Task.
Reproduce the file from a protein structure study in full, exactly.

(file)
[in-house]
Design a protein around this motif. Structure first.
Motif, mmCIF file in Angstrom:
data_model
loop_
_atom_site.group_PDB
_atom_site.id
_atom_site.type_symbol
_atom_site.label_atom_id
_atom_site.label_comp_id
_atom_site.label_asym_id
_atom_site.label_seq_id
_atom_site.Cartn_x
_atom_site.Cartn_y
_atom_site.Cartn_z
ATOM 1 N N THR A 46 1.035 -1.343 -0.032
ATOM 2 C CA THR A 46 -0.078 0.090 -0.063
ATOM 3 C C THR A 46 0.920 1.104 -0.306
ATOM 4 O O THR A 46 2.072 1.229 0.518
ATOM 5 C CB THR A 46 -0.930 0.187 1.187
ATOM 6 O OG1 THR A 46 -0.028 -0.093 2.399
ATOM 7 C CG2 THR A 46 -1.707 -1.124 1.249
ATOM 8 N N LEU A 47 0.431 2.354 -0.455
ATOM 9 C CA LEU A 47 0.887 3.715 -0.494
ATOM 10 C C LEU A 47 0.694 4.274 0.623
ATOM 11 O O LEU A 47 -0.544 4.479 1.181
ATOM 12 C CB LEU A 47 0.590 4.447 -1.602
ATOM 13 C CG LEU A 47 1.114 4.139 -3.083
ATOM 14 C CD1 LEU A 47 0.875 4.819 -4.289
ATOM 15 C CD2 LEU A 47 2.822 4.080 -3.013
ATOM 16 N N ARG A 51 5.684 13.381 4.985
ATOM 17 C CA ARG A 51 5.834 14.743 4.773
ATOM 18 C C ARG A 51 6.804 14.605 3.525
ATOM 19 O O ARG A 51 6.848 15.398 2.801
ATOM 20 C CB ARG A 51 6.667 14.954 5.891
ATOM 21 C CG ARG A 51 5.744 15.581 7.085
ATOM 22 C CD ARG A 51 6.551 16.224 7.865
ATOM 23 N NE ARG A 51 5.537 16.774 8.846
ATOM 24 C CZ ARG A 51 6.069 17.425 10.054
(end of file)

[in-house]
Design a protein around this motif. Structure first.
Motif, mmCIF file in Angstrom:
data_model
loop_
_atom_site.group_PDB
_atom_site.id
_atom_site.type_symbol
_atom_site.label_atom_id
_atom_site.label_comp_id
_atom_site.label_asym_id
_atom_site.label_seq_id
_atom_site.Cartn_x
_atom_site.Cartn_y
_atom_site.Cartn_z
ATOM 1 N N THR A 46 1.035 -1.343 -0.032
ATOM 2 C CA THR A 46 -0.078 0.090 -0.063
ATOM 3 C C THR A 46 0.920 1.104 -0.306
ATOM 4 O O THR A 46 2.072 1.229 0.518
ATOM 5 C CB THR A 46 -0.930 0.187 1.187
ATOM 6 O OG1 THR A 46 -0.028 -0.093 2.399
ATOM 7 C CG2 THR A 46 -1.707 -1.124 1.249
ATOM 8 N N LEU A 47 0.431 2.354 -0.455
ATOM 9 C CA LEU A 47 0.887 3.715 -0.494
ATOM 10 C C LEU A 47 0.694 4.274 0.623
ATOM 11 O O LEU A 47 -0.544 4.479 1.181
ATOM 12 C CB LEU A 47 0.590 4.447 -1.602
ATOM 13 C CG LEU A 47 1.114 4.139 -3.083
ATOM 14 C CD1 LEU A 47 0.875 4.819 -4.289
ATOM 15 C CD2 LEU A 47 2.822 4.080 -3.013
ATOM 16 N N ARG A 51 5.684 13.381 4.985
ATOM 17 C CA ARG A 51 5.834 14.743 4.773
ATOM 18 C C ARG A 51 6.804 14.605 3.525
ATOM 19 O O ARG A 51 6.848 15.398 2.801
ATOM 20 C CB ARG A 51 6.667 14.954 5.891
ATOM 21 C CG ARG A 51 5.744 15.581 7.085
ATOM 22 C CD ARG A 51 6.551 16.224 7.865
ATOM 23 N NE ARG A 51 5.537 16.774 8.846
ATOM 24 C CZ ARG A 51 6.069 17.425 10.054